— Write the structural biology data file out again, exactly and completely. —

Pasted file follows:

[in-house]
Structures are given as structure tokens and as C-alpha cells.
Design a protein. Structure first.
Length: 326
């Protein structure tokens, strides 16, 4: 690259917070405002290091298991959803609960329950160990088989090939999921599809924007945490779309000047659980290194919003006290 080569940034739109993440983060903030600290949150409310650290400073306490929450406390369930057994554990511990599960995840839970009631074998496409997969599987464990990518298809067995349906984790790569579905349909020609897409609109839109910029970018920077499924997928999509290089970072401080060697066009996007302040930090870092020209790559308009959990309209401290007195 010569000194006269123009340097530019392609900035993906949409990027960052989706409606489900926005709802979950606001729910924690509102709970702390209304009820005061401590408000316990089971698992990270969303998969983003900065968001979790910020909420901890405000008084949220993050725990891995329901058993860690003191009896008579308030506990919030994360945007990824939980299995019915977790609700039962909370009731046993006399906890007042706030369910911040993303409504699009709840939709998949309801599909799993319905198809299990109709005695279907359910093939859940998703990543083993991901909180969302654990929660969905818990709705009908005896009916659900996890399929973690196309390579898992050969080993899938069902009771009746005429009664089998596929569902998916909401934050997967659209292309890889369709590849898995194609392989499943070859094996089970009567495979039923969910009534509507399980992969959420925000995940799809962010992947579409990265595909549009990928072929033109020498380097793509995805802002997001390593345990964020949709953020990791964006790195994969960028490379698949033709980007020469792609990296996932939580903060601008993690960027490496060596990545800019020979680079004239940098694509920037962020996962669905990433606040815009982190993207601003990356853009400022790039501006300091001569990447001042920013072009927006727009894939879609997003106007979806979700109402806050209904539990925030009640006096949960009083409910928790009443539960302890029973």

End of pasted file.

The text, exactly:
[in-house]
Structures are given as structure tokens and as C-alpha cells.
Design a protein. Structure first.
Length: 326
């Protein structure tokens, strides 16, 4: 690259917070405002290091298991959803609960329950160990088989090939999921599809924007945490779309000047659980290194919003006290 080569940034739109993440983060903030600290949150409310650290400073306490929450406390369930057994554990511990599960995840839970009631074998496409997969599987464990990518298809067995349906984790790569579905349909020609897409609109839109910029970018920077499924997928999509290089970072401080060697066009996007302040930090870092020209790559308009959990309209401290007195 010569000194006269123009340097530019392609900035993906949409990027960052989706409606489900926005709802979950606001729910924690509102709970702390209304009820005061401590408000316990089971698992990270969303998969983003900065968001979790910020909420901890405000008084949220993050725990891995329901058993860690003191009896008579308030506990919030994360945007990824939980299995019915977790609700039962909370009731046993006399906890007042706030369910911040993303409504699009709840939709998949309801599909799993319905198809299990109709005695279907359910093939859940998703990543083993991901909180969302654990929660969905818990709705009908005896009916659900996890399929973690196309390579898992050969080993899938069902009771009746005429009664089998596929569902998916909401934050997967659209292309890889369709590849898995194609392989499943070859094996089970009567495979039923969910009534509507399980992969959420925000995940799809962010992947579409990265595909549009990928072929033109020498380097793509995805802002997001390593345990964020949709953020990791964006790195994969960028490379698949033709980007020469792609990296996932939580903060601008993690960027490496060596990545800019020979680079004239940098694509920037962020996962669905990433606040815009982190993207601003990356853009400022790039501006300091001569990447001042920013072009927006727009894939879609997003106007979806979700109402806050209904539990925030009640006096949960009083409910928790009443539960302890029973």